Melting and climateMore here, pp 22 - 24. A fascinating piece on glaciers, the age of the ice, how ice flows, the temperature where glaciers are, and the warming to hell of earth (OK, I lied about the warming to hell of earth bit).
On July 21, 1983, the lowest reliably measured temperature ever recorded on Earth was at Vostok with -89.2 °C. The highest recorded temperature at Vostok is -19° C, which occurred in January 1992, and during the month of July 1987 the temperature never rose above -72.2° C. At these temperatures ice cannot flow under the pressures that prevail near the surface. Warming has no effect at such low temperatures because ice will not flow faster at -60°C than at -70° C.
In the case of ice sheets it may take many thousands of years for ice to flow from the accumulation area to the melting area. That is why meteorites such as the one from Antarctica that was thought to contain Martian fossils take thousands of years to reach places where they can be collected from the surface. The balance between movement and melting therefore does not relate to today's climate, but to the climate thousands of years ago.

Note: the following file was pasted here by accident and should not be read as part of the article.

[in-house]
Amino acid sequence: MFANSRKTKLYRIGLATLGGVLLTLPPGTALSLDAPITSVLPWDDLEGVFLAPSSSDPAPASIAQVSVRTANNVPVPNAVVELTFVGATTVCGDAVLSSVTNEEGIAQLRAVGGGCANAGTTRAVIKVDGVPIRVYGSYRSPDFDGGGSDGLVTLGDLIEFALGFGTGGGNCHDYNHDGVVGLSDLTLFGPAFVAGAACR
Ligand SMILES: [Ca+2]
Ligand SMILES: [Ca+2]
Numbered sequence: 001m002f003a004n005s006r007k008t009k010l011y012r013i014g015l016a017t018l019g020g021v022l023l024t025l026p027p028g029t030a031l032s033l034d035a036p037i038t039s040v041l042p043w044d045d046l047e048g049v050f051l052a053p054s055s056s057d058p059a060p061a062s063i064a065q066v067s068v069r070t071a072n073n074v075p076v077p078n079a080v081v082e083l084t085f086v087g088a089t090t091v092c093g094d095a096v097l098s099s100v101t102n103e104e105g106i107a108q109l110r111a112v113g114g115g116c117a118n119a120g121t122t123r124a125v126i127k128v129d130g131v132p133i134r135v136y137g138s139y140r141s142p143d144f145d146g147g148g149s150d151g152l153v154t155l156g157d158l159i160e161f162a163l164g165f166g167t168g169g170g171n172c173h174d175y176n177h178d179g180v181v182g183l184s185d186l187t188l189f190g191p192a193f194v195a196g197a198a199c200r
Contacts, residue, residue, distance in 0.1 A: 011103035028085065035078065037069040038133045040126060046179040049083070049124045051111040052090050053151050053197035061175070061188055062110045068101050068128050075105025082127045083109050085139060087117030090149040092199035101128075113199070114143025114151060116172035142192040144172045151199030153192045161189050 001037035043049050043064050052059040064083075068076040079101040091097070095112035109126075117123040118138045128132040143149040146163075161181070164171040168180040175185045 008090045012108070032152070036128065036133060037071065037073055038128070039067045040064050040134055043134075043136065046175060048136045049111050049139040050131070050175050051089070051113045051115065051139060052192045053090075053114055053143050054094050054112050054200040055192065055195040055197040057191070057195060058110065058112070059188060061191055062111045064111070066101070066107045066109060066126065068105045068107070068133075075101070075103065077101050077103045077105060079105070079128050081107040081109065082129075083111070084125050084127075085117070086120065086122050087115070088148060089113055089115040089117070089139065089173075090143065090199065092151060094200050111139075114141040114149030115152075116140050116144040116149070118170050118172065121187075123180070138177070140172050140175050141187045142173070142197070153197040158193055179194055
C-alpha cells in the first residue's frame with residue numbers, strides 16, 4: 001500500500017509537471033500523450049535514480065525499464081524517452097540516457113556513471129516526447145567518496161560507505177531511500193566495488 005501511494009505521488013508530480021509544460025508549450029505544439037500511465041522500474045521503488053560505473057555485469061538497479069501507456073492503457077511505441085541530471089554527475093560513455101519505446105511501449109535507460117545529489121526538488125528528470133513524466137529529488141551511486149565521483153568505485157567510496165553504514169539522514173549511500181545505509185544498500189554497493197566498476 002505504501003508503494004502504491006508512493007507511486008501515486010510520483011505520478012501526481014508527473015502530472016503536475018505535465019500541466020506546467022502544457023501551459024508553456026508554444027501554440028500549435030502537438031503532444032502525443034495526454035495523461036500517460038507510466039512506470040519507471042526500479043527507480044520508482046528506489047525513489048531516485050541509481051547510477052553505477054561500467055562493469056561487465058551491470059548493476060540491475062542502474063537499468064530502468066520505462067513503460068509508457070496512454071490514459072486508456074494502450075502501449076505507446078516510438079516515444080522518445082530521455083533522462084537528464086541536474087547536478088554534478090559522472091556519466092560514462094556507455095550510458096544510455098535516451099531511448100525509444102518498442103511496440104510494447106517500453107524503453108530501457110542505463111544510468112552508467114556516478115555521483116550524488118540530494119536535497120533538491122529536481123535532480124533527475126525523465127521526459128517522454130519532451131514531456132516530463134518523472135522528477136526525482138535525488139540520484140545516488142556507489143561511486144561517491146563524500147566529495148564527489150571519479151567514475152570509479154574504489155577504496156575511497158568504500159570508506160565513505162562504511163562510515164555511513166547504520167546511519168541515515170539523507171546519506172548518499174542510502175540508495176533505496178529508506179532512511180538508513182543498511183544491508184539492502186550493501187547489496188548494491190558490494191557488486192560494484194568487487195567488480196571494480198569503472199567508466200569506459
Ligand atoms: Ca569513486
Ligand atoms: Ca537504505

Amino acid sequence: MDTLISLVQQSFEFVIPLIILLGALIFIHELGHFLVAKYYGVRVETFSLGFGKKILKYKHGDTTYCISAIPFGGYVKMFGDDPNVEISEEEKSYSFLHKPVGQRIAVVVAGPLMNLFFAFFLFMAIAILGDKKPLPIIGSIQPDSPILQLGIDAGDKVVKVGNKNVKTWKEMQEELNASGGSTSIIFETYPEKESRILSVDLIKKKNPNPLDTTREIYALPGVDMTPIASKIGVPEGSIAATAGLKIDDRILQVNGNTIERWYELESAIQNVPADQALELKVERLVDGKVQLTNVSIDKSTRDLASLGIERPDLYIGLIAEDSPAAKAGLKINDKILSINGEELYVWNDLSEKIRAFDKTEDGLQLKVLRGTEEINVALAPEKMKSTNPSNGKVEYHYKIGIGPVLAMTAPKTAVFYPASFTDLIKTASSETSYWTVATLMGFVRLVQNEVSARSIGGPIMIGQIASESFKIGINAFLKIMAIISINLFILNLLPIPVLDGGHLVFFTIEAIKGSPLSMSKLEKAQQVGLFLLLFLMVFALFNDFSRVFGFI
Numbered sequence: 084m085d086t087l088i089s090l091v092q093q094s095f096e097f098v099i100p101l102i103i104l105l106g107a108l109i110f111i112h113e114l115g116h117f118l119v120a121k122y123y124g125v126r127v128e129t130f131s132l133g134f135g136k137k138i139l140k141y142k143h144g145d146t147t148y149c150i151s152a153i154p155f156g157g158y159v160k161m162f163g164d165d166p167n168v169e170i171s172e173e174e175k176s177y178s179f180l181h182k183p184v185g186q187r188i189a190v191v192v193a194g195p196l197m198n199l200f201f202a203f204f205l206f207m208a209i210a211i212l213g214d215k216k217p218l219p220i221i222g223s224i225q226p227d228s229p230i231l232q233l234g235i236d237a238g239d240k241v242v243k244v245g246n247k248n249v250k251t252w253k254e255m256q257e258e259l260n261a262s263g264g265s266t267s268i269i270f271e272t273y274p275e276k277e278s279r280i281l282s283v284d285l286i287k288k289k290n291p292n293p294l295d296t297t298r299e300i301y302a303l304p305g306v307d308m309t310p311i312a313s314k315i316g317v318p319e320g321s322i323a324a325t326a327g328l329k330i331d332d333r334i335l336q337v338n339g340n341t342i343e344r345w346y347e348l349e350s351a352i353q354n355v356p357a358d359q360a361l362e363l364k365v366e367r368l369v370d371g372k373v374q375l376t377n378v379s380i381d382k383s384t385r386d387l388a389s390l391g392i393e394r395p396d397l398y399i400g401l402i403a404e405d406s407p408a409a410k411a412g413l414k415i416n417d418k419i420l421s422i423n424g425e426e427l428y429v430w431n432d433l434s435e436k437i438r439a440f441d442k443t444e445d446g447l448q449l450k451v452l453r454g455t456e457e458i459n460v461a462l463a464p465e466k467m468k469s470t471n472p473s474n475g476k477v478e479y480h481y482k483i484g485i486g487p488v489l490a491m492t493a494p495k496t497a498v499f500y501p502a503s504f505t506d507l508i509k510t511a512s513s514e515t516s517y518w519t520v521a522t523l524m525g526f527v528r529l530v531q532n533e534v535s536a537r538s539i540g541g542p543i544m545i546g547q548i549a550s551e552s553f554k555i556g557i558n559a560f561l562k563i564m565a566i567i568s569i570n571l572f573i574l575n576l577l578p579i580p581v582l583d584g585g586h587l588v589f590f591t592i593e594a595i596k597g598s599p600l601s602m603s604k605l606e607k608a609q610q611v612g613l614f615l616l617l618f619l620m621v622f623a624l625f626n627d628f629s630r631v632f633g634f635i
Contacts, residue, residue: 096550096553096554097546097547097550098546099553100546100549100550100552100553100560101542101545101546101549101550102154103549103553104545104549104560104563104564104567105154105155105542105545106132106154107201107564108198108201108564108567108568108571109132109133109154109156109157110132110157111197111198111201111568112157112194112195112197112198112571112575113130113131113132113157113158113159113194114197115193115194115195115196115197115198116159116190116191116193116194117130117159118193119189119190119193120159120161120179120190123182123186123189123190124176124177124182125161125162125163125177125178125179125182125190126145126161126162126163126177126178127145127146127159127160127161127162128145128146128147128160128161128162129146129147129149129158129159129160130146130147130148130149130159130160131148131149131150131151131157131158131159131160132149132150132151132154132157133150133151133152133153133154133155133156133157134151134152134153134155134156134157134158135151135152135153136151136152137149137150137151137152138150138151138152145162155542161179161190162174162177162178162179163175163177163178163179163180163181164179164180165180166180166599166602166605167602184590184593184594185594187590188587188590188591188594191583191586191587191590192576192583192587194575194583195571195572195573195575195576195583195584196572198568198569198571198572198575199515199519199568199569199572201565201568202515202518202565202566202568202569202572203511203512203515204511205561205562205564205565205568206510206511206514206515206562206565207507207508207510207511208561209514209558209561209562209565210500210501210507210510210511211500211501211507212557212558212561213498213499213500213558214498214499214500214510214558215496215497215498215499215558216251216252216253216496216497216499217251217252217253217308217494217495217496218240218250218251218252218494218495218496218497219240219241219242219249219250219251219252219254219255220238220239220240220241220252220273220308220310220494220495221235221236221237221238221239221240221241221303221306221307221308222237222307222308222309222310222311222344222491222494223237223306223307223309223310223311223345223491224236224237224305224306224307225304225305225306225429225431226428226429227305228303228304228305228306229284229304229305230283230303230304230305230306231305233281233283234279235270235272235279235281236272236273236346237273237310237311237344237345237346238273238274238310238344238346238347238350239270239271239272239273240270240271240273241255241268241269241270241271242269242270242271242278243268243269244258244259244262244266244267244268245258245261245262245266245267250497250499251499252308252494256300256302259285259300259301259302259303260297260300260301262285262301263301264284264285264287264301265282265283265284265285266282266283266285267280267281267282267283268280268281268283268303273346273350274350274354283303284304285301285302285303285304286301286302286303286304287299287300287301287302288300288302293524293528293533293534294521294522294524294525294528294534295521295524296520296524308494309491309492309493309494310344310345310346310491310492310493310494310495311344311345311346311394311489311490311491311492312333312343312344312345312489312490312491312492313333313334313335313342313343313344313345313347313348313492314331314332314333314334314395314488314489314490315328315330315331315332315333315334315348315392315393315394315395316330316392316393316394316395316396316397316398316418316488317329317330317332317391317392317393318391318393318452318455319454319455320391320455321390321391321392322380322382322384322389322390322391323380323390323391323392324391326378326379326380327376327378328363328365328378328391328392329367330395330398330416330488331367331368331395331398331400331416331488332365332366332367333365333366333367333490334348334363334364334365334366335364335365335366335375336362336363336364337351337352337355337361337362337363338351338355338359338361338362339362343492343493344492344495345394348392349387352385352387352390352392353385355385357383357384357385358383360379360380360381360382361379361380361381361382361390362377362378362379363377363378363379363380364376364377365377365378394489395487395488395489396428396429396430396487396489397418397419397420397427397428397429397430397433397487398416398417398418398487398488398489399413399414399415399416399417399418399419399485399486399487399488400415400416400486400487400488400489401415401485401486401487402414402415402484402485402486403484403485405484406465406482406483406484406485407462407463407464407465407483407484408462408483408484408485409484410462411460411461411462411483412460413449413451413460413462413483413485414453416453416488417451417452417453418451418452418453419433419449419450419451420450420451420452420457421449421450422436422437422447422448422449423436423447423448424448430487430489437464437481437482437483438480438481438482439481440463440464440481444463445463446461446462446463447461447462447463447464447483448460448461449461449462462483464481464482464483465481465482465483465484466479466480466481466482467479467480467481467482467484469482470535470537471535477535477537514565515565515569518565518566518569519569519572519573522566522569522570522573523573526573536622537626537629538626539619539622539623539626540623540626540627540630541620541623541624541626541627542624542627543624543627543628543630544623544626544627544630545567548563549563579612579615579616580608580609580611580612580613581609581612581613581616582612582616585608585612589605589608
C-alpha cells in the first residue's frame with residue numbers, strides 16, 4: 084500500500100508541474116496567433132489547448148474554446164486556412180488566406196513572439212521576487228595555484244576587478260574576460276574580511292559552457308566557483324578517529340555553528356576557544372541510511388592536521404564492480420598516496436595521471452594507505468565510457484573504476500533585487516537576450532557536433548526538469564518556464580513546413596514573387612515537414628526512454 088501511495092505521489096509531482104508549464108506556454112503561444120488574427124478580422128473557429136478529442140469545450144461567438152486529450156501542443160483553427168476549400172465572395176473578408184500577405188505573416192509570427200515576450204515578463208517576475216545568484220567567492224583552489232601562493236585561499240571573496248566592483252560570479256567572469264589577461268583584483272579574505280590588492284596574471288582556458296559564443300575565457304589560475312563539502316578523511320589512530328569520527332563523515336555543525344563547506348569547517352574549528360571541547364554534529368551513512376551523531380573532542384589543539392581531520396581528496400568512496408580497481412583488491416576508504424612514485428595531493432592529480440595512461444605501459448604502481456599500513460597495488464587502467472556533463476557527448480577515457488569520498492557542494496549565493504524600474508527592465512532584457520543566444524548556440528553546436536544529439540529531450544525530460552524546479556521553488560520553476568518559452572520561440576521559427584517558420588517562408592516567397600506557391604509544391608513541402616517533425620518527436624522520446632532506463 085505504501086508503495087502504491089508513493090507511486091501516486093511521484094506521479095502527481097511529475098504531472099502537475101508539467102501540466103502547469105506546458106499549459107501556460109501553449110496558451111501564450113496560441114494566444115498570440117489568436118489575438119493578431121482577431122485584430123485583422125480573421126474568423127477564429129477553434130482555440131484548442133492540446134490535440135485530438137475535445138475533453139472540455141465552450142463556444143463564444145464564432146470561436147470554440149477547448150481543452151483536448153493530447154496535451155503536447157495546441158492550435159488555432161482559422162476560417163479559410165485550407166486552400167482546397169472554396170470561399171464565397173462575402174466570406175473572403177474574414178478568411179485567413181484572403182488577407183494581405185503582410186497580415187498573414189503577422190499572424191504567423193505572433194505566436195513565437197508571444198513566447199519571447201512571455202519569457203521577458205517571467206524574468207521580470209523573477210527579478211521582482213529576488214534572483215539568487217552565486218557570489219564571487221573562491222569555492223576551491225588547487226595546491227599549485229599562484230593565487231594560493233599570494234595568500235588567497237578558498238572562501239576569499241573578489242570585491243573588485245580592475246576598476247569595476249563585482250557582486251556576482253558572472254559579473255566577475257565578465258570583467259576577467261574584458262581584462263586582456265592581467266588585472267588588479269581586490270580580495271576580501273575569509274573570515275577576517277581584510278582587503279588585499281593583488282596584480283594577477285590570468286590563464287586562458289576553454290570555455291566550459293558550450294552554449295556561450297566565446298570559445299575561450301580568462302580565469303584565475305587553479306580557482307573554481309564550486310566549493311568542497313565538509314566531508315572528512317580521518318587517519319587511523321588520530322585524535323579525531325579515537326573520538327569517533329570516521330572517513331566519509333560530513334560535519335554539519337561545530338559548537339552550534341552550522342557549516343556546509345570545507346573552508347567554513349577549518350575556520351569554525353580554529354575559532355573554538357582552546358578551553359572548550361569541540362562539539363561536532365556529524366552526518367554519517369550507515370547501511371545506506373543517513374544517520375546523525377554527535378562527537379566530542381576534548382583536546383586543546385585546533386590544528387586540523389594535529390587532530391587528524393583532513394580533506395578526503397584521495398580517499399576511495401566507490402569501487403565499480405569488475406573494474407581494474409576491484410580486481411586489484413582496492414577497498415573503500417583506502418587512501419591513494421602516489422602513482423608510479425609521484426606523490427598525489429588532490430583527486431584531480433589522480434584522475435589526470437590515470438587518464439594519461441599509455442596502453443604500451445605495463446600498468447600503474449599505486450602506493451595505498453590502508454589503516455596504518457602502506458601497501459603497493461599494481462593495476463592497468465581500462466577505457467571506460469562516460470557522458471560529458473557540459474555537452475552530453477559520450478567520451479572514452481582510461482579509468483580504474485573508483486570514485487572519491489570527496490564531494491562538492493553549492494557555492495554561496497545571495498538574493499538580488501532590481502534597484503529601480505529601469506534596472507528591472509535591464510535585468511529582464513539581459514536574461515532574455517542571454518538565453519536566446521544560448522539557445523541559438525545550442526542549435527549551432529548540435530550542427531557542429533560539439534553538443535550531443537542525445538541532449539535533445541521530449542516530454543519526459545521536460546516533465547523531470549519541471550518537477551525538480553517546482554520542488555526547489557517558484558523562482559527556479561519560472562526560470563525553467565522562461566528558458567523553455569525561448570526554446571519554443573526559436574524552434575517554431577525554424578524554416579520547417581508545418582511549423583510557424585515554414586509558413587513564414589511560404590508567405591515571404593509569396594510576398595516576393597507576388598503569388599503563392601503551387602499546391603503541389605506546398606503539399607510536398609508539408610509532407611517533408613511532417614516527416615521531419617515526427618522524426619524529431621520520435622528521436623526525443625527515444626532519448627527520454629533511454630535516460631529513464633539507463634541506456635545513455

Glaciers and precipitation
We have seen that glaciers and ice sheets are in a state of quasiequilibrium, governed by rates of melting and rates of accumulation. For a glacier to maintain its present size it must have precipitation as snowfall at its source. This leads to a slightly complex relationship with temperature. If the regional climate becomes too dry, there will be no precipitation, so the glacier will diminish. This could happen if the region became cold enough to reduce evaporation from the ocean.
If temperatures rise, evaporation is enhanced and so therefore is snowfall. Paradoxically a regional rise of temperature may lead to increased growth of glaciers and ice sheets. Today, for example, the ice sheets of both Antarctica and Greenland are growing by accumulation of snow.
Thanks to Wand.